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Embracing Less

Refining your plans and making your farm work for you

If I had to give one piece of advice to new flower farmers, it would be to be prepared for unique challenges every year.

In my years of growing flowers as a business, I've grown through two seasons of extreme drought, two seasons of too much rain, one season of wildfire smoke, and one season of extended spring. I've had frosts come a month late and two weeks earlier than the average. I've passed out Mother's Day bouquets with snowflakes falling. You get the picture: growing crops is unpredictable. And our current climate crisis is adding fuel to the fire, in some cases literally.

Small farmers in particular need to be thinking hard about maximizing profits and growing in ways that support our ecosystems while allowing the farmer to maintain some level of sanity. This is harder than it sounds some days.

On an episode of the Field & Garden podcast, I heard a quote that has become a guiding principle in my farm:

"Sustainable farming has to be sustainable for the farmer too."

This season has not been sustainable for me. A few weeks ago, I took a hard look at my field and calculated how much it cost my time and energy without bringing in any profit. The answer was too much. In addition to needing to change up my crop plan, I knew I needed to make some changes to my business model in order to make the business work for my life and not the other way around. My kids are getting close to launch and I want to spend as much time with them as possible.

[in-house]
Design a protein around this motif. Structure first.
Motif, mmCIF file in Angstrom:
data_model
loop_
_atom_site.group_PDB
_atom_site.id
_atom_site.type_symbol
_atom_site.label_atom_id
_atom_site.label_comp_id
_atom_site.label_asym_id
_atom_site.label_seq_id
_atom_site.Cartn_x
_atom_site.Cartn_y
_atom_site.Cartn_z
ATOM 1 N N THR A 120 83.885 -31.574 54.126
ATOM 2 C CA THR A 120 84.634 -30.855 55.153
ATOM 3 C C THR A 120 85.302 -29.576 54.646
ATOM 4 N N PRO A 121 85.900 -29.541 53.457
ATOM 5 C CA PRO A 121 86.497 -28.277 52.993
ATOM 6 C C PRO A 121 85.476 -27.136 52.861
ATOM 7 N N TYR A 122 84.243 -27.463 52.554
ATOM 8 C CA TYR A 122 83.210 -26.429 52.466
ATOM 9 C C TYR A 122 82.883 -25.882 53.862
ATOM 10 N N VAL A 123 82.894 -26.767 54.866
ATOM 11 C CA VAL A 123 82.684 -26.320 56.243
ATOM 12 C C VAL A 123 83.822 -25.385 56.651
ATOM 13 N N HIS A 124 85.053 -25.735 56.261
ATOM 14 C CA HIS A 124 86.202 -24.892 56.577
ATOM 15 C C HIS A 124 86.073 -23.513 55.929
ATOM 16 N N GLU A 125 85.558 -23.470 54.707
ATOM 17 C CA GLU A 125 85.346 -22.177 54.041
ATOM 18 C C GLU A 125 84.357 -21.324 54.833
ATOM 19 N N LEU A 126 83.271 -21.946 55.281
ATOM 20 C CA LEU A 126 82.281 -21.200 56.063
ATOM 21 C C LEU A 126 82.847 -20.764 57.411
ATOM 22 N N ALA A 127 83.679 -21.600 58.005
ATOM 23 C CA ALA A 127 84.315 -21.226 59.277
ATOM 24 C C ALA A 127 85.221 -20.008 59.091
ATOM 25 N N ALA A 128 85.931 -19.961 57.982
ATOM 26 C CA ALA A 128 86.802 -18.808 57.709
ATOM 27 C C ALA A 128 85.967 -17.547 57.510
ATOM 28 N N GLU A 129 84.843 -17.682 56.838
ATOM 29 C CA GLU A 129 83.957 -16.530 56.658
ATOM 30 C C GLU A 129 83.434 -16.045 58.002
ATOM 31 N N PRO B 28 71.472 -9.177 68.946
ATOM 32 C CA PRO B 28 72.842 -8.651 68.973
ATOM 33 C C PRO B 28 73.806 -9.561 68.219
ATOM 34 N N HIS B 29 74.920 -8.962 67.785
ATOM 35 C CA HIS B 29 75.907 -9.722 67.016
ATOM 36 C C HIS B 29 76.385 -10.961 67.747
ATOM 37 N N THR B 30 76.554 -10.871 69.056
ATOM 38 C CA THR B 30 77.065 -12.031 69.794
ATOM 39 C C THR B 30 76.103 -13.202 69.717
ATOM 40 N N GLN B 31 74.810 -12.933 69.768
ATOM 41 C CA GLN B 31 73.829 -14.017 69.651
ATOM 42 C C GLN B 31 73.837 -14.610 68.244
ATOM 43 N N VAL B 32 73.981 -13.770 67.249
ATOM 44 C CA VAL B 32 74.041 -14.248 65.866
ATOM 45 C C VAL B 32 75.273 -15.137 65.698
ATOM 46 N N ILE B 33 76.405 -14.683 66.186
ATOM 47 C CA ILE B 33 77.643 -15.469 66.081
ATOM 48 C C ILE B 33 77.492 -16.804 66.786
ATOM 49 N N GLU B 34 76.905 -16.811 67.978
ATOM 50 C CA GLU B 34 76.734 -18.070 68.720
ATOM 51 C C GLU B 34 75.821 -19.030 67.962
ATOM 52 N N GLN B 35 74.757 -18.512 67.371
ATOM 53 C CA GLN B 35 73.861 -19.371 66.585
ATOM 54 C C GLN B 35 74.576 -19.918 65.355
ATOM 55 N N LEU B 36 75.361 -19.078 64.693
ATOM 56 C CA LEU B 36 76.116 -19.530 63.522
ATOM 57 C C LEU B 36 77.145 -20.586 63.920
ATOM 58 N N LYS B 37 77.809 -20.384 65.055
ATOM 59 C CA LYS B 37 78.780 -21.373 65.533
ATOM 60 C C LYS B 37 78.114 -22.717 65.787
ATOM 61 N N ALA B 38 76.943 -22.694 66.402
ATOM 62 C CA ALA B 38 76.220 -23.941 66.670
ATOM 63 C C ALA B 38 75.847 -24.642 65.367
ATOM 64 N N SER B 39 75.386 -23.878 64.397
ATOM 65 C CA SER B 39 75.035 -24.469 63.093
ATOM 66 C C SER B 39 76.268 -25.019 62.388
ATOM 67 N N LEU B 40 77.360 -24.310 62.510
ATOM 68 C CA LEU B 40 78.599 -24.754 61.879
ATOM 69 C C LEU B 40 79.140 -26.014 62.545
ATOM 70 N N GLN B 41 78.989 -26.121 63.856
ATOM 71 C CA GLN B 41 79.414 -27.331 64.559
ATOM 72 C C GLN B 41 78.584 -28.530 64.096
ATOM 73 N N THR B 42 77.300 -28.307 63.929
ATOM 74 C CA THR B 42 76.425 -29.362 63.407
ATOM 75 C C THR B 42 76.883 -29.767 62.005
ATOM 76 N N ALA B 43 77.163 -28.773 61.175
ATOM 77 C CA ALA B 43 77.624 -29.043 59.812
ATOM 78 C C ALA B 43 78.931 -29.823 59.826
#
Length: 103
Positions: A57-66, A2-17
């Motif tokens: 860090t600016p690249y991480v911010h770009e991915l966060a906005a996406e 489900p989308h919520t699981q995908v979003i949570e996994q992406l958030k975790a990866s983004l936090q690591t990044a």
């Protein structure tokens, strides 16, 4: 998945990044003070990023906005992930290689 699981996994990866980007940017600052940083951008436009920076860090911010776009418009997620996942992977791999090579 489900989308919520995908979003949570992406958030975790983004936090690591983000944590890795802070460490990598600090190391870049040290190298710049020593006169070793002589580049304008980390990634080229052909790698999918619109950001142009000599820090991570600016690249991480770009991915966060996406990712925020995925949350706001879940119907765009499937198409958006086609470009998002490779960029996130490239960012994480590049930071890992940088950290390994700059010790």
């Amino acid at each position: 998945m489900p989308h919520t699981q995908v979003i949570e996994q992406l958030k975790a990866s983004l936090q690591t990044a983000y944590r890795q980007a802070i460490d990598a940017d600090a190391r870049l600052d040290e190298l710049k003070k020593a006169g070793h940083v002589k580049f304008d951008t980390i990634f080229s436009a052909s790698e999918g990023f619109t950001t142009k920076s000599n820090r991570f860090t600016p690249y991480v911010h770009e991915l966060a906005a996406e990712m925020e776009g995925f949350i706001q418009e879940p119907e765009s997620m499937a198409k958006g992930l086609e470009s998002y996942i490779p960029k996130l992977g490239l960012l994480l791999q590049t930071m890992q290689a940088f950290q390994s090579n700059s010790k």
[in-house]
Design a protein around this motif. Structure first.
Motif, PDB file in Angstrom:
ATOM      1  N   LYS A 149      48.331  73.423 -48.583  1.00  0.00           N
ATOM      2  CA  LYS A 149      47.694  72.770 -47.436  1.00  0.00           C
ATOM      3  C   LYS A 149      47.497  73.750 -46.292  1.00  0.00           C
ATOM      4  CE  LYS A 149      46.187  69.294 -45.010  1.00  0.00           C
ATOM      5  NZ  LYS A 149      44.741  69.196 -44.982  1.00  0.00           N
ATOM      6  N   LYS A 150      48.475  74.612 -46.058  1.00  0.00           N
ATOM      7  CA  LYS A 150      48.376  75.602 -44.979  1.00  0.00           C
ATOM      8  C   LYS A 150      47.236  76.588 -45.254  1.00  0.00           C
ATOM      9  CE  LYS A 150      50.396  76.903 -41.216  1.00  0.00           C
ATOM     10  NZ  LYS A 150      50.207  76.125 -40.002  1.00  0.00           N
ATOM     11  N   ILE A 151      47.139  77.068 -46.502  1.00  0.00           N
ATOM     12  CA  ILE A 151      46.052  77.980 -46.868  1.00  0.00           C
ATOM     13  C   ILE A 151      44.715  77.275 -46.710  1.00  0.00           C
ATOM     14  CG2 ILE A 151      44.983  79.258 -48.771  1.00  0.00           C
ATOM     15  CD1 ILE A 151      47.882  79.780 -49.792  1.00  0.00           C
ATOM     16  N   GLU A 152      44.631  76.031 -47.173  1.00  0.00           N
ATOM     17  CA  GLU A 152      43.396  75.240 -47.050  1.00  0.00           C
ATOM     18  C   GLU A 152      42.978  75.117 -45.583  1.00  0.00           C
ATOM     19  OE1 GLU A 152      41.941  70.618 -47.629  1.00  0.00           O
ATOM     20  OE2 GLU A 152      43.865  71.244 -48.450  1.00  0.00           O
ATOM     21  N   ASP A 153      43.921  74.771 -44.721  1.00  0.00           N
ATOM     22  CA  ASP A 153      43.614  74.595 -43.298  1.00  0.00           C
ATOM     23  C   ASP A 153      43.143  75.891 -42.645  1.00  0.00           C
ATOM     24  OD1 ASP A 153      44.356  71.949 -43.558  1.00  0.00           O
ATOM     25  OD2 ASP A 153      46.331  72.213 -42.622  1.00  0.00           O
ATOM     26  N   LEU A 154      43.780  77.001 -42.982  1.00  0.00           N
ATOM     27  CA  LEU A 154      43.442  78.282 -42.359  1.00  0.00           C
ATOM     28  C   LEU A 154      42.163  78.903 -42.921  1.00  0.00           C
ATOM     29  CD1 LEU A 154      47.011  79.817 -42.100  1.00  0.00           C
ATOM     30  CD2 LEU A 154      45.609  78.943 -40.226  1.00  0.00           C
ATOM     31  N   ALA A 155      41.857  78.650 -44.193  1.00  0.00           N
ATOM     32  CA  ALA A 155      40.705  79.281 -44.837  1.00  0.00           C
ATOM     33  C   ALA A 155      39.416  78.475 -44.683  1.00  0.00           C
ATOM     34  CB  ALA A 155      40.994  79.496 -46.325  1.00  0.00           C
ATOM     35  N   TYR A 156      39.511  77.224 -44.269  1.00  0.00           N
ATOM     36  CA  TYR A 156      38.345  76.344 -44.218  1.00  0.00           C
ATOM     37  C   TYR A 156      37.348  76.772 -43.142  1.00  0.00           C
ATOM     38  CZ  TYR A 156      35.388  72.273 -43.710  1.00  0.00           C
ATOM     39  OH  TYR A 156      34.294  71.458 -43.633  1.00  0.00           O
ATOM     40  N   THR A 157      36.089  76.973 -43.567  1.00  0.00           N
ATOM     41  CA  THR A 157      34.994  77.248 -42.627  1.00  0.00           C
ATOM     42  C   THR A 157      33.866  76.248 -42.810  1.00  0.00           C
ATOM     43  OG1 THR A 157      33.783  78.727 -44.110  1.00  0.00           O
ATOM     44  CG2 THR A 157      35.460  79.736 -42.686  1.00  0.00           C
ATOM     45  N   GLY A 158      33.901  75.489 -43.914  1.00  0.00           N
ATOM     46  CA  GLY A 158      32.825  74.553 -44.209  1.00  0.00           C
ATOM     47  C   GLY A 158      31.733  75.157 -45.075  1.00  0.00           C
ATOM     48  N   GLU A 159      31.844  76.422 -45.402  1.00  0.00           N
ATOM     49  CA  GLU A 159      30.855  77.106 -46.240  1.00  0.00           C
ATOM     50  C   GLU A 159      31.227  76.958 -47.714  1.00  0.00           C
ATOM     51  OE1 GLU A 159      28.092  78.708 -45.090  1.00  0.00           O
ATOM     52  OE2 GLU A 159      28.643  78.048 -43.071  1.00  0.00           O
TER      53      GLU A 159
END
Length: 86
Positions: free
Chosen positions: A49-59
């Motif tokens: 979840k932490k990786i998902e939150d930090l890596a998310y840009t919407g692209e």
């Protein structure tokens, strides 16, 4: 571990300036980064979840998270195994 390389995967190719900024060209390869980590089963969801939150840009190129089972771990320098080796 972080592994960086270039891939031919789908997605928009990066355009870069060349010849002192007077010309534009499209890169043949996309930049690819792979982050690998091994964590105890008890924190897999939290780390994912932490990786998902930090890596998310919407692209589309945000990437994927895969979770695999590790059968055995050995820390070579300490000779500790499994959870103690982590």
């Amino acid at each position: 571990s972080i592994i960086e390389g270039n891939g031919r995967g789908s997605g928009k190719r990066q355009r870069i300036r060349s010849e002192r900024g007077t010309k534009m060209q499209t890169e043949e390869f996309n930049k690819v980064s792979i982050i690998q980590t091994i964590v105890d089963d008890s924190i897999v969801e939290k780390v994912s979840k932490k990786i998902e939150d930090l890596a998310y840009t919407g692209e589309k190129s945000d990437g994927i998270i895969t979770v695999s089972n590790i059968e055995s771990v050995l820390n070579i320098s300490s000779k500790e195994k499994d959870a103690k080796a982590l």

Lately, whenever I look out at the field the word that comes to mind is LESS. I started to think about what less looked like- less varieties, less square footage in production, less outlets for sales (particularly eliminating the outlets that aren't profitable or enjoyable). Less also looked like less time away from my family in the summer, less stress about taking a vacation mid-season, and without a doubt a plan for less weeds!

With all this in mind, I have started to develop a plan for what Kinship Blooms will look like going forward. It's still a work in progress, but here are some of the big changes:

-Going from growing nearly 50 types of flowers to around 10.

-Focusing mainly on spring crops and dahlias.

-eliminating all summer annuals except two (I'll share these exceptions in my next post).

-going all in on ala carte weddings.

-increasing tuber and corm sales.

It will be a few more months before these changes are in full effect, but I already feel more peace about the future. If you are drowning in all the things you have to do, I encourage you to listen to that little voice telling you it's time to change.



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